Analysis of Raman Contours in Vibration-Rotation Spectra
As is widely known, a Raman band is a gas phase spectrum always exhibits a rotational structure. Even a totally symmetric band of a spherical top, which consists only of a Q-branch, presents a profile which may be calculated in terms of variation of rotational energy, from a lower vibrational state to an upper one.
In most cases, the rotational structure of the Raman bands is not resolved, and one observes contours depending on (i) the various molecular constants entering the expression for the rotational energy, (ii) the temperature, (iii) the type of the rotator and the symmetry of the vibration, and (iv) the polarization of the scattered light (In or I⊥).
Actually, a “band” may be a superposition of a system of bands, associated with several vibrational transitions of slightly different energies, such as a fundamental and the corresponding upper-state transitions (or “hot bands”). In this case, the observed contours depend, in addition to the various aforementioned parameters, on anharmonicity constants, and on the temperature, which is not necessarily the same as above, when the sample is out of thermodynamic equilibrium.
The a priori calculation of an unresolved Raman contour is of interest, as it allows either a measurement of molecular constants or a determination of temperature. In every situation, the possibility of a computer simulation of a Raman band does exist, but, in the simplest cases, approximate analytical expressions can be derived for the “natural” contours (unperturbed by the apparatus function) and also for the convoluted contours. The approximations entering these calculations are allowed when Bhc ≪; kT. The analytical expressions enable one to make an easier analysis of the band contours.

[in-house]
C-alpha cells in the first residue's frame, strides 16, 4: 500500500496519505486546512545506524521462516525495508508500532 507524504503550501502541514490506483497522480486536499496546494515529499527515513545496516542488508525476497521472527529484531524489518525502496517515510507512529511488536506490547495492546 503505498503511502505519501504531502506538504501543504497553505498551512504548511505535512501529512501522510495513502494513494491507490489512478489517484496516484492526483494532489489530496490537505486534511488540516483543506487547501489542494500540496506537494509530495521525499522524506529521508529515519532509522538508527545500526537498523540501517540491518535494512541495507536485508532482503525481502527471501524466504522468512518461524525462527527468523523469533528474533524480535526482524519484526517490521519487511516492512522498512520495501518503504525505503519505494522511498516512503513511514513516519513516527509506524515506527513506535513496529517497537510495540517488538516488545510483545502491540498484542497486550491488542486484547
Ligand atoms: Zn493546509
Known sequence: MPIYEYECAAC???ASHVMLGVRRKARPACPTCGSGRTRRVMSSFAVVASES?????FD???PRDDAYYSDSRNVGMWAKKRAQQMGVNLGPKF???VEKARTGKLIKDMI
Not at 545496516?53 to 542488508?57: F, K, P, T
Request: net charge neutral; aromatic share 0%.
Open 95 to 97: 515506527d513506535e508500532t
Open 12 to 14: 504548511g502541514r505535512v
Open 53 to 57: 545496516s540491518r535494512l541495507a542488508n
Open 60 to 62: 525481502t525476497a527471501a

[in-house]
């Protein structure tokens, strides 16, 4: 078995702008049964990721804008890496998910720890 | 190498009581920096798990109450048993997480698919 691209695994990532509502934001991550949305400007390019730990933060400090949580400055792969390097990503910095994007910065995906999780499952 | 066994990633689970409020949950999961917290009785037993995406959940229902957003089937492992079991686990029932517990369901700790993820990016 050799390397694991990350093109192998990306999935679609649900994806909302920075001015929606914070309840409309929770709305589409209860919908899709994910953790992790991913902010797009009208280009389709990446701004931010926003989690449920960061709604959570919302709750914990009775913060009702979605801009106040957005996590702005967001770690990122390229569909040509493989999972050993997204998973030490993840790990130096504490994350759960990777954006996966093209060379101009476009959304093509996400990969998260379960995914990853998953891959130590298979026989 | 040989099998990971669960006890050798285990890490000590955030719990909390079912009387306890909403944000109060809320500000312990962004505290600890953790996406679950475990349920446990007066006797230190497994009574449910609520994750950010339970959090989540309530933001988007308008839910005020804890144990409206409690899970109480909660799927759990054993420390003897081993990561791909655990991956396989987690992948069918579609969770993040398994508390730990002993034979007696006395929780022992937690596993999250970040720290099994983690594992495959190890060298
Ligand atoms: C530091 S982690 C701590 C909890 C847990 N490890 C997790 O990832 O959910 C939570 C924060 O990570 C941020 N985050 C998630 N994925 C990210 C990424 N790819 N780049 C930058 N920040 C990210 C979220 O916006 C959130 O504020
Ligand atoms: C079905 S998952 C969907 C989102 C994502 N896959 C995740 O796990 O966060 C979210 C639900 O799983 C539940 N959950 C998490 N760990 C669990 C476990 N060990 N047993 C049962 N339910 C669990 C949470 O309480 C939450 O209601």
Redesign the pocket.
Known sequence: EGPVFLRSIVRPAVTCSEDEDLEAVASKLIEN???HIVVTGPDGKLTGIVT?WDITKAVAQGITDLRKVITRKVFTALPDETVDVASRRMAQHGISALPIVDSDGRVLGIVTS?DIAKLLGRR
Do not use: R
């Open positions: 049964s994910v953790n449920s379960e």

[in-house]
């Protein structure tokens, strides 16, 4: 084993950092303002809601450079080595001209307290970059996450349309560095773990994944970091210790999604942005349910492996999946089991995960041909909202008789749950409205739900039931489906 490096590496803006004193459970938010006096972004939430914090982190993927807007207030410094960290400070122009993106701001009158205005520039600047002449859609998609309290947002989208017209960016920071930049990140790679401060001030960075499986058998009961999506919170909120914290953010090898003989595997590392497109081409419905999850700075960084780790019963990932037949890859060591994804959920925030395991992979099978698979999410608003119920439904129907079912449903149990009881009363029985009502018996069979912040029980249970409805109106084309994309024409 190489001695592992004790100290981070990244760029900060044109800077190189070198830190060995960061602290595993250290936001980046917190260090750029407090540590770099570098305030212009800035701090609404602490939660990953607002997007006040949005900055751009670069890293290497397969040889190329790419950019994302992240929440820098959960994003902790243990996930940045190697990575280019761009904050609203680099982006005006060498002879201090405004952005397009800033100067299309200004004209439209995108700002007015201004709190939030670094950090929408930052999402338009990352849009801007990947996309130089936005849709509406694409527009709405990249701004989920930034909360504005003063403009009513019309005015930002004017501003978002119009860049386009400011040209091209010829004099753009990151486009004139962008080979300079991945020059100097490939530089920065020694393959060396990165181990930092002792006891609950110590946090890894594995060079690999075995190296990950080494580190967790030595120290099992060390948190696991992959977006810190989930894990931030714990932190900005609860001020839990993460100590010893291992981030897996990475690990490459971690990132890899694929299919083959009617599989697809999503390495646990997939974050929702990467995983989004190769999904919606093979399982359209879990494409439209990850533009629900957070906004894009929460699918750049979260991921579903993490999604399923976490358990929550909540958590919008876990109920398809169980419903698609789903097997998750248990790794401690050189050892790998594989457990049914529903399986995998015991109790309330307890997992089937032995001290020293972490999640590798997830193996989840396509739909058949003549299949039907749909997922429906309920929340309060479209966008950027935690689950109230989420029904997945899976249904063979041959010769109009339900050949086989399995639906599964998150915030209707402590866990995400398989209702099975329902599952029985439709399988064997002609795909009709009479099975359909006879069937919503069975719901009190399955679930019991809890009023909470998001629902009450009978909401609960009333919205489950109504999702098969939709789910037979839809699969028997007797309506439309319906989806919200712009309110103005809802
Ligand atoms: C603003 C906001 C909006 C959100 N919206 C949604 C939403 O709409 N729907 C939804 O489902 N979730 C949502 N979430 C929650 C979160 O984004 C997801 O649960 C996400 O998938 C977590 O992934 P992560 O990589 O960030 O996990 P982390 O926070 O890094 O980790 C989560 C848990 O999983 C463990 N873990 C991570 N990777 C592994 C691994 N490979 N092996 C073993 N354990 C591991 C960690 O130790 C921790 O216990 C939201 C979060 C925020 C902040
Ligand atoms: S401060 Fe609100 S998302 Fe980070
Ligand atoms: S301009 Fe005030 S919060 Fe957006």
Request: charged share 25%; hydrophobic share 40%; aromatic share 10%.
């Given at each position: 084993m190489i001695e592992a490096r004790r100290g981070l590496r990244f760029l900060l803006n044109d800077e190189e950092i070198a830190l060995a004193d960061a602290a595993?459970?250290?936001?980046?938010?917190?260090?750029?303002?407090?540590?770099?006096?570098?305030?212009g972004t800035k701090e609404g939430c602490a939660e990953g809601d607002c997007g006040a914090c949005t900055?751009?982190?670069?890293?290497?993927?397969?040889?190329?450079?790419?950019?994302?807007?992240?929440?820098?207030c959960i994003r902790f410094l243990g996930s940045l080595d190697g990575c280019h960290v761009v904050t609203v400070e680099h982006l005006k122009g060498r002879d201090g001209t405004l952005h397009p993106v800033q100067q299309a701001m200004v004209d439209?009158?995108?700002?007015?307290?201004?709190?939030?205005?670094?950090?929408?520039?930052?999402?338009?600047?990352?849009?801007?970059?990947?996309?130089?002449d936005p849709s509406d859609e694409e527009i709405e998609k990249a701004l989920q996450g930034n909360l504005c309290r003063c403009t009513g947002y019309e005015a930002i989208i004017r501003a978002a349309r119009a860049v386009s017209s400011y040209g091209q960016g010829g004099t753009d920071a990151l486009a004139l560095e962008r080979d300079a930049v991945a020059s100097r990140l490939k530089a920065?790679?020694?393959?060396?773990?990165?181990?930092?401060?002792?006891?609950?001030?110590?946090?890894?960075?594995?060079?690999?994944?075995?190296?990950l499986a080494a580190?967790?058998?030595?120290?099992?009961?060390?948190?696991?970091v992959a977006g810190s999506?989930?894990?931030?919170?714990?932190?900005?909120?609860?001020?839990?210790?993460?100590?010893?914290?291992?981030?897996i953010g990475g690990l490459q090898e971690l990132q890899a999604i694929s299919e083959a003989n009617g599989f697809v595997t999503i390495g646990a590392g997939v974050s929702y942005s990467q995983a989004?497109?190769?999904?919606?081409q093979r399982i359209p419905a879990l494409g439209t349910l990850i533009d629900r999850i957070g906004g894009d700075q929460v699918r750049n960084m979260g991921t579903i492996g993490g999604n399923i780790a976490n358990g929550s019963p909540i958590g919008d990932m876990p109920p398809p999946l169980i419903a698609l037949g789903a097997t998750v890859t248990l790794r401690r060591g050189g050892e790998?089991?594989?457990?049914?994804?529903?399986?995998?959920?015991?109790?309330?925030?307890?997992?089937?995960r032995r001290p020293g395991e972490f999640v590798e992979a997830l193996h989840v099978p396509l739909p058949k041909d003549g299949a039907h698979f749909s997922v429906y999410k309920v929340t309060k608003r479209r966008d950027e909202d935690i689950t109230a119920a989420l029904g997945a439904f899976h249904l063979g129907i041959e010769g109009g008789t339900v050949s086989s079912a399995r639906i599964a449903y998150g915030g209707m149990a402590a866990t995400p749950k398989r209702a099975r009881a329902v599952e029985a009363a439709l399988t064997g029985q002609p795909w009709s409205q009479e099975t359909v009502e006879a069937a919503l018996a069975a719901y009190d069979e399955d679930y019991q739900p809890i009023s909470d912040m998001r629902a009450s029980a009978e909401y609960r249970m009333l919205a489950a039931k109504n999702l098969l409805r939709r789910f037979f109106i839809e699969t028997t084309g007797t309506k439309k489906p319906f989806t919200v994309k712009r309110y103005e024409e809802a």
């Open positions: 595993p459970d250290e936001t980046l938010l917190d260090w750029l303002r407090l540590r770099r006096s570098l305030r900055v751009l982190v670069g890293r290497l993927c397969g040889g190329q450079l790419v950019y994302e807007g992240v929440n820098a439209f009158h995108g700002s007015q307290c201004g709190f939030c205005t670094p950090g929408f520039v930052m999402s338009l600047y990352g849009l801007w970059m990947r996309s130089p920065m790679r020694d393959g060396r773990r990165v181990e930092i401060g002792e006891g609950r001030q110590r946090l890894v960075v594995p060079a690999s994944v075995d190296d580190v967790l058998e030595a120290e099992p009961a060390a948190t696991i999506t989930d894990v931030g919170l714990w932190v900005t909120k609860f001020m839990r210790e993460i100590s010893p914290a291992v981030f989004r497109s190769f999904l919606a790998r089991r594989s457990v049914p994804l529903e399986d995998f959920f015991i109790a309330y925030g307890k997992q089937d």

When one is interested in temperature measurement, he may only consider the trace scattering (I‖ — 4/3 I⊥), i.e. the trace contribution to the Q-branch of totally symmetric vibrations. The polarized embranches are generally strong, and the intensity distribution among the individual lines is given by a simple law. Moreover, in a system of bands, the contour of the trace-scattered light is best resolved.
The principles of calculation of the Q-branch profiles will be emphasized for the cases of linear molecules, symmetric tops, and spherical tops, and the case of the asymmetric top will be raised.
KeywordsRaman Band Vibrational State Rotational Energy Polarizability Tensor Linear Molecule
Unable to display preview. Download preview PDF.
- 2.G. Herzberg, Molecular Spectra and Molecular Structure I. Spectra of Diatomic Molecules, 2nd Ed., (D. Van Nostrand Co., Inc., Princeton, 1950).Google Scholar
- 3.G. Herzberg, Molecular Spectra and Molecular Structure II. Infrared and Raman Spectra of Polyatomic Molecules, (D. Van Nostrand Co., Inc., Princeton, 1945).Google Scholar
- 4.B. P. Stoicheff, in Advances in Spectroscopy, Vol.1, ed. by H. W. Thompson, (Interscience, New York, 1959), p. 91.Google Scholar
- 9.S. Sportouch and R. Gaufrès, J. Chim. Phys. 69, 470 (1972).Google Scholar
- 11.R. Gaufrès and S. Sportouch, Compt. Rend. Acad. Sci. Paris 272, 995 (1972).Google Scholar
- 13.R. Gaufrès and S. Sportouch, in Advances in Raman Spectroscopy, Vol. 1, ed. by J. P. Mathieu, (Heyden and Son, Ltd., London, 1973), Chapt. 62.Google Scholar
- 14.S. Sportouch, Thèse d’Etat Montpellier 1972 (Dissertation).Google Scholar